(Phys.org) —A European research group has an answer for catching people who aim to make explosive devices at home. Waste products that go down the drain deliver clues. Sensors that can identify these ingredients and sound an alarm are the solution, Bomb-making residue in city sewers may be an important signal for finding bomb-makers out, thanks to special sensors placed in sewers. A project called EMPHASIS aims to do just that. Emphasis is an EU-funded project of team members who are working on a method of sniffing out home-made bomb setups through chemical sensors placed in city sewer systems. Under the scenario, if the sensors do find traces of explosives, an alarm is sounded, and a special police team swings into action with a with a high resolution sensing unit, conducting a search to pinpoint the site.

The are designed to pick up signs of the precursors of dangerous , such as reagents and reaction-breakdown products.

The concept targets those who try to make explosive devices with use of their private kitchens or bathrooms, where ingredients dumped down the drains through toilets, sinks, and tubs leak into the sewers. Substances of a threatening nature, once detected, become registered information sent to a command center.

This concept is being explored in an EU-funded project called Emphasis. According to its project page, its reason for being is the detection of production of explosives. Nine project partners are carrying out work for such a system, The name Emphasis stands for Explosive Material Production Hidden Agile Search and Intelligence System, which further explains its mission. That mission is to test a system concept for the purpose of detecting the illicit production of explosives and improvised explosive devices (IEDs) in urban areas.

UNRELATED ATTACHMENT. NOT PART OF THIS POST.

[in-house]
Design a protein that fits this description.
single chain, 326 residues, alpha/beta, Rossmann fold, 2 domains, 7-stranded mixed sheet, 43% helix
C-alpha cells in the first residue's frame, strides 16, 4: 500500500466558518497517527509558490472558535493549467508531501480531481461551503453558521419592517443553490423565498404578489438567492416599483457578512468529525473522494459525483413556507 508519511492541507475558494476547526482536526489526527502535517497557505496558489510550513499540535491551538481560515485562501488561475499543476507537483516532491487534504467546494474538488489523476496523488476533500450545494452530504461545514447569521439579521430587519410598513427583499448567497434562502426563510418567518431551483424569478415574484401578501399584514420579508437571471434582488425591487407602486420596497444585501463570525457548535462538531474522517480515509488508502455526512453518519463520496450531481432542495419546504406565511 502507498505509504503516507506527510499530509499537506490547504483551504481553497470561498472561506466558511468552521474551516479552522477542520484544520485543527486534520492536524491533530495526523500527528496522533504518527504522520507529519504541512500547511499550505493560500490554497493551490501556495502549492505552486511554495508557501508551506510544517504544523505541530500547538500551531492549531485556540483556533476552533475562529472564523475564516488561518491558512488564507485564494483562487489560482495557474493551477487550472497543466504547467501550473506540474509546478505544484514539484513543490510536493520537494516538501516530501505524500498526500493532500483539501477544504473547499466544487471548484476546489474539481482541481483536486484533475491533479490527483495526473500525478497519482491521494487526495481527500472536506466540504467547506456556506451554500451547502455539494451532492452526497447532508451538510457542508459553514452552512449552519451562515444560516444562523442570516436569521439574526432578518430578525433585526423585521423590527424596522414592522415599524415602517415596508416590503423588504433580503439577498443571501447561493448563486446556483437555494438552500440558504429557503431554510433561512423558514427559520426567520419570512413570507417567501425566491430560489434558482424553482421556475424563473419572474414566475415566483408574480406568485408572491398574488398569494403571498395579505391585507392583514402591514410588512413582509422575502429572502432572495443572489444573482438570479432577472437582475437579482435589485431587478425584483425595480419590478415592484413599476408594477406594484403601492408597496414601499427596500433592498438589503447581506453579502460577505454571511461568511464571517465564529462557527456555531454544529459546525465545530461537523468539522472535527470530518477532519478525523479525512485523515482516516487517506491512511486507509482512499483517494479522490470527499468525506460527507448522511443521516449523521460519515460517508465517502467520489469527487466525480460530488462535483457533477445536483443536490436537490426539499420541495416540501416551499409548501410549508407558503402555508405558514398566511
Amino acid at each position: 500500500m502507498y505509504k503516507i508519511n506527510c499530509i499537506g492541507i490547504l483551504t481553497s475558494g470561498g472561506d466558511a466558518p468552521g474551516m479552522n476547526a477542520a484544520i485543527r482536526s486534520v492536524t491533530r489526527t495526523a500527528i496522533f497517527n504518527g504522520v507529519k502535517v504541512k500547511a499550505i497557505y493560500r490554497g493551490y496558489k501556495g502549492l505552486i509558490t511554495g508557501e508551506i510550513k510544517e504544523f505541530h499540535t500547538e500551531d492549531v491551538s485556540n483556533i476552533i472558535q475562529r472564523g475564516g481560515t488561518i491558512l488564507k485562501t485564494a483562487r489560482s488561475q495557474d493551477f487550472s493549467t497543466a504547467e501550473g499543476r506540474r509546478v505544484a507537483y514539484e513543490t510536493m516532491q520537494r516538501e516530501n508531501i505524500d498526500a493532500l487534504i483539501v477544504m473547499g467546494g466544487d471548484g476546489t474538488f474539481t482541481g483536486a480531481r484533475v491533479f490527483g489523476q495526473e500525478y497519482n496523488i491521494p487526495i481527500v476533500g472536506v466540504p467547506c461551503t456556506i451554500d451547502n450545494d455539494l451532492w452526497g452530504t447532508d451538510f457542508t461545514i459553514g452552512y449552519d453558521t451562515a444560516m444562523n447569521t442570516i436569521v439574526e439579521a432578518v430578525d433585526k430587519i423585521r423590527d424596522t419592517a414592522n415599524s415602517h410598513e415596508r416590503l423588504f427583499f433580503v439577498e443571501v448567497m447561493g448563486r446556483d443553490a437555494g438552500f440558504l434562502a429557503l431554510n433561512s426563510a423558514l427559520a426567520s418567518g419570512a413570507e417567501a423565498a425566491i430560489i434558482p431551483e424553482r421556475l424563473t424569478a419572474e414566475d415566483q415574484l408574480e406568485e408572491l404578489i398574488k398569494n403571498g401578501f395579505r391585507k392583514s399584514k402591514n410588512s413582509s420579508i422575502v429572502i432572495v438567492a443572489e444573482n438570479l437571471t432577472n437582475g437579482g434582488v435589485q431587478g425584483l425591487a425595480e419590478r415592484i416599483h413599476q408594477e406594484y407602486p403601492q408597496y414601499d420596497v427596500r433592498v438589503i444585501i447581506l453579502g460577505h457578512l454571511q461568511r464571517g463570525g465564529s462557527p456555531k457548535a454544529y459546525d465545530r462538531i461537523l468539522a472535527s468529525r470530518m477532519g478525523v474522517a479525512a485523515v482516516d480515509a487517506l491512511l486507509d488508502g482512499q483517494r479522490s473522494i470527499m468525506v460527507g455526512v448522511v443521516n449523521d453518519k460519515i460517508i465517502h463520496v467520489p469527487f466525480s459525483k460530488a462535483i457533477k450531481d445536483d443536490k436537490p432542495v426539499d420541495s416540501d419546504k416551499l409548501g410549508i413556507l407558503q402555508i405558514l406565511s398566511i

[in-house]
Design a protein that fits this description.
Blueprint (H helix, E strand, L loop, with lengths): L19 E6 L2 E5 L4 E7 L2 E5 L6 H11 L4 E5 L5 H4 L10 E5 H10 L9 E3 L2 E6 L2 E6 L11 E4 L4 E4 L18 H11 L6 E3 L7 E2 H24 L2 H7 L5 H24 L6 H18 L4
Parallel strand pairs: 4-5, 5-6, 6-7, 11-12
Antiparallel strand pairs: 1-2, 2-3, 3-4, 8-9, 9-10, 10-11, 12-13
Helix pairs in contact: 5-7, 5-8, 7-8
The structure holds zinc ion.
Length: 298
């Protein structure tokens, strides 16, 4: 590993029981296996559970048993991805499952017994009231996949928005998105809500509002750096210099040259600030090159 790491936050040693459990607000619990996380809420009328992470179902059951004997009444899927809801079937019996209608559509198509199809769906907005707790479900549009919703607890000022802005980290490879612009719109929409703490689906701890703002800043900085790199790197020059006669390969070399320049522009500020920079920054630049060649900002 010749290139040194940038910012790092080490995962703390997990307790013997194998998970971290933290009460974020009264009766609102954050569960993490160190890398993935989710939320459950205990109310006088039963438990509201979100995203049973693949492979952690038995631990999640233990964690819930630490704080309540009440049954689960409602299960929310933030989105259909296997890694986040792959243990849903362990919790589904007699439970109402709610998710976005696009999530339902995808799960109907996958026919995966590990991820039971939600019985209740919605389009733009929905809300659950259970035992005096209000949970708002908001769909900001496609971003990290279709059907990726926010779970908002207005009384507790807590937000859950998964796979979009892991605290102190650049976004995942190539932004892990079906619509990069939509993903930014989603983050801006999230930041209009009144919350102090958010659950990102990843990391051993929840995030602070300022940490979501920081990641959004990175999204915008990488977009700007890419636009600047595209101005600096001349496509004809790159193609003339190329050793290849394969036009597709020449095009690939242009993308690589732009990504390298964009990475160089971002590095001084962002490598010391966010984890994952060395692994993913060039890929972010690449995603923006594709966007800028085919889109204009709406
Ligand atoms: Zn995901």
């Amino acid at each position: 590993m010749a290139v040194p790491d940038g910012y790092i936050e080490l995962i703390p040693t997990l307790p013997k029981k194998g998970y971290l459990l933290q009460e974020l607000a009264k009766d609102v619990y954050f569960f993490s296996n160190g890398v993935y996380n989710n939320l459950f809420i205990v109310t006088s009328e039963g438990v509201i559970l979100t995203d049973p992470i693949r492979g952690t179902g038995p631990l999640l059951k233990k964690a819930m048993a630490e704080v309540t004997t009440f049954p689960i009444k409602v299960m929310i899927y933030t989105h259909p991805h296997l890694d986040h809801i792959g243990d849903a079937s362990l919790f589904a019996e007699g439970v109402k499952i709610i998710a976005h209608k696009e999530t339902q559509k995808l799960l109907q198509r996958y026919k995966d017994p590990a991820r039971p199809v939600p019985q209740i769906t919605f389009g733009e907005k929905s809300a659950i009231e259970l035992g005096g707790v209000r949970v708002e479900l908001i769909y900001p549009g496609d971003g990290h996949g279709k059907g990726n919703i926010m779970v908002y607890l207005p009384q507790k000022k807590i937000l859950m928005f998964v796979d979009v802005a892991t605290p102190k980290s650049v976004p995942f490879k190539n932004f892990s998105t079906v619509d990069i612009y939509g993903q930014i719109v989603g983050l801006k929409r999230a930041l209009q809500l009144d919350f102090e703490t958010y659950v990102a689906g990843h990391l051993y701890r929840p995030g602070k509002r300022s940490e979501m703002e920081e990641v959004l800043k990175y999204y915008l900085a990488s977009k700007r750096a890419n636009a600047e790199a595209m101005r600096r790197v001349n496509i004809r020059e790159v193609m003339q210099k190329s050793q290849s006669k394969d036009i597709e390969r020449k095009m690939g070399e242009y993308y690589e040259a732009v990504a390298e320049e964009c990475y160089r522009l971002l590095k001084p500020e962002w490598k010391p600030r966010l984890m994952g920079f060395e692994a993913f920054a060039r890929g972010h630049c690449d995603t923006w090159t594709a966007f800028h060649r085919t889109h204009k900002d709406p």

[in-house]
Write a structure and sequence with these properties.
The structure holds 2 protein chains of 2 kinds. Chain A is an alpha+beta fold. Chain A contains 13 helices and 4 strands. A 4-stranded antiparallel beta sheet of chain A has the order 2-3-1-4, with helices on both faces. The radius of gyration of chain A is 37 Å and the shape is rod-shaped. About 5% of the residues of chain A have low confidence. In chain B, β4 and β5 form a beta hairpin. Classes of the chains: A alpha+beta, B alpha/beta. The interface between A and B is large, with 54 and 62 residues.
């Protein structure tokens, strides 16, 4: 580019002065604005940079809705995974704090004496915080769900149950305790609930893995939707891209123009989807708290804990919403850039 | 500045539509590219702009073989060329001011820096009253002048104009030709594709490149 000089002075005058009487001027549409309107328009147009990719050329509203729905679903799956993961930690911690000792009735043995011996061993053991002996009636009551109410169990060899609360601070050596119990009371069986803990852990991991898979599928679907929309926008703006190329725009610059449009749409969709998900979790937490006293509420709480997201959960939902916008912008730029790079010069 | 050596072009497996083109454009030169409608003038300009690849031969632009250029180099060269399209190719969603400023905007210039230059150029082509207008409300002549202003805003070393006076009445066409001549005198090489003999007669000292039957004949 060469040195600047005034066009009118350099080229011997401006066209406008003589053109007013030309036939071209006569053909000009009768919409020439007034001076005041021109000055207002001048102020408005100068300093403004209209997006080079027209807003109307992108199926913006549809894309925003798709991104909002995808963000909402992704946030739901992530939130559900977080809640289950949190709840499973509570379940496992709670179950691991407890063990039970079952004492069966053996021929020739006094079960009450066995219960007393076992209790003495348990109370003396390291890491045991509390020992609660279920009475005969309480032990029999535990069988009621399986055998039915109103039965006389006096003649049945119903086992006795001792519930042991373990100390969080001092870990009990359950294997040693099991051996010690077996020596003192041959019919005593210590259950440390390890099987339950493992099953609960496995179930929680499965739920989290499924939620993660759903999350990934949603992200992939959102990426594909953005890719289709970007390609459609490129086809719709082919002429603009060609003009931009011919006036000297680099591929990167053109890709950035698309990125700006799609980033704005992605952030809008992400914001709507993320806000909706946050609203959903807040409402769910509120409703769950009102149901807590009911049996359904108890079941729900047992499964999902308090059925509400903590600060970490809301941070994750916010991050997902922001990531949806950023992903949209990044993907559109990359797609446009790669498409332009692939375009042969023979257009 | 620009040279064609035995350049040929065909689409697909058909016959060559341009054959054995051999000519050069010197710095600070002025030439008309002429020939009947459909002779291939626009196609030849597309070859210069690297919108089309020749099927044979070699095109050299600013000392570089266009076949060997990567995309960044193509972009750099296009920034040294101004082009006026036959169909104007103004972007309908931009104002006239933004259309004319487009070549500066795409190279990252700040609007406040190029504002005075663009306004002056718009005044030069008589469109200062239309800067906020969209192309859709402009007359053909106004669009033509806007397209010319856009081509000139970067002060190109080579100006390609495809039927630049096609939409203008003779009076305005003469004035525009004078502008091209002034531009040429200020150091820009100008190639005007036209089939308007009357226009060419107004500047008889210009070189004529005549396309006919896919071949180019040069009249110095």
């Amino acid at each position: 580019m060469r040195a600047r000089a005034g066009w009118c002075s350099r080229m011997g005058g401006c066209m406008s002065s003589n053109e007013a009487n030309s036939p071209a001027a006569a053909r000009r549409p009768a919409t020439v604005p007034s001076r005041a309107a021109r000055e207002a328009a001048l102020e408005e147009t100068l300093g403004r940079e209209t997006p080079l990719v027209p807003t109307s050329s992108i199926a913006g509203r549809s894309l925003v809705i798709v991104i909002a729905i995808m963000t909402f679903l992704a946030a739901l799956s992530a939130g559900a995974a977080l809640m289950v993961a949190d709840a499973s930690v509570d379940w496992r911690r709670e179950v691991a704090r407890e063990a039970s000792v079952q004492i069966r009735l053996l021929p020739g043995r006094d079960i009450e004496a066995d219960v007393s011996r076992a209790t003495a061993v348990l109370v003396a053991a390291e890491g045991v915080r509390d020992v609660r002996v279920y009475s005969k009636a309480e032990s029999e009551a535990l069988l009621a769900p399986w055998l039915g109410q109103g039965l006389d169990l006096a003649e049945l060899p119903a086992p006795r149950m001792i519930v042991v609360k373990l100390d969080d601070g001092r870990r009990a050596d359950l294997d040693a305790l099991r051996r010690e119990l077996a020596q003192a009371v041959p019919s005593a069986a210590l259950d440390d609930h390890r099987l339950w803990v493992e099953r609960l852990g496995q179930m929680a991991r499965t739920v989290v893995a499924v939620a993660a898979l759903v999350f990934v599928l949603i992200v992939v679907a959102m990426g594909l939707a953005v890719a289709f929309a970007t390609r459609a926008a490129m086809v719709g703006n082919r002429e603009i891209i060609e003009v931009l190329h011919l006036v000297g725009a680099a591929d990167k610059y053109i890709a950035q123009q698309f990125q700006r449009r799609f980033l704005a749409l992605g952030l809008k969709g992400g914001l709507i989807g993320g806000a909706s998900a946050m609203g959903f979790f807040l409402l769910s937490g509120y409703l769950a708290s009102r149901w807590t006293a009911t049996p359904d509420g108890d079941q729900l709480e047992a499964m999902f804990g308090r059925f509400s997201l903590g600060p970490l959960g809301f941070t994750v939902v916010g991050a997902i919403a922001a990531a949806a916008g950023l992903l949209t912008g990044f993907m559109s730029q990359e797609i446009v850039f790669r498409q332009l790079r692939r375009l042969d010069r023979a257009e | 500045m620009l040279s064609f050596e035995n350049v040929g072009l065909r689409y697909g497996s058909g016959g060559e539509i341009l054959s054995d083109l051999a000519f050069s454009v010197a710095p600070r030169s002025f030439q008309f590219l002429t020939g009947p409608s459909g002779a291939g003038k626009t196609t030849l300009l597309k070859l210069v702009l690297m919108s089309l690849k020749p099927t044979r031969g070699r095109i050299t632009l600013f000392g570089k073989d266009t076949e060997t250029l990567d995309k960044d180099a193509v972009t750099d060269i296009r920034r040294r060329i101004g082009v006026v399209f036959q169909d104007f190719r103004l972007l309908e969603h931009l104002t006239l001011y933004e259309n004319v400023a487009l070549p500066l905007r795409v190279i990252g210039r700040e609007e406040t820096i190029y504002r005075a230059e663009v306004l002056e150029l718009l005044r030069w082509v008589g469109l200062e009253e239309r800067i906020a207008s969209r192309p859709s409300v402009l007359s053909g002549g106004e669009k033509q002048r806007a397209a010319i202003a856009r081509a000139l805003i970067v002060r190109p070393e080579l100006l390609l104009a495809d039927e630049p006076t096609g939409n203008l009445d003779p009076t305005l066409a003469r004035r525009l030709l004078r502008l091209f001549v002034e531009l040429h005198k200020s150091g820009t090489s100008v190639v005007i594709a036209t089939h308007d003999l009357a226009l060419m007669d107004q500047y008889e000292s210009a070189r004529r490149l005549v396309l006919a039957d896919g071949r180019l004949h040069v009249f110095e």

Hans Önnerud, a research scientist, is the project manager. Onnerud is with the Swedish Defense Research Agency (FOI) in Sweden, one of Europe's research institutes for defense and security. According to a report on Friday in New Scientist, an Emphasis project presentation was delivered at last month's International Symposium on the Analysis and Detection of Explosives (ISADE) in The Netherlands, where Onnerud's team said their tests in the lab were successful. The Emphasis sensors were developed and tested on faeces-rich wastewater in the lab and will be tested in sewers next year.

Last year, FOI exhibited five projects that FOI was coordinating relating to preventing the manufacture of home made bombs, the location of bomb factories, the neutralization of improvised explosive devices (IEDs) and the development of new methods for a forensic analysis of a bombing scene, at the trade fair Security Essen, in Germany. A bomb sniffer sensor was one of the projects showcased as well as a biodetector based on honey bees for the detection of explosives.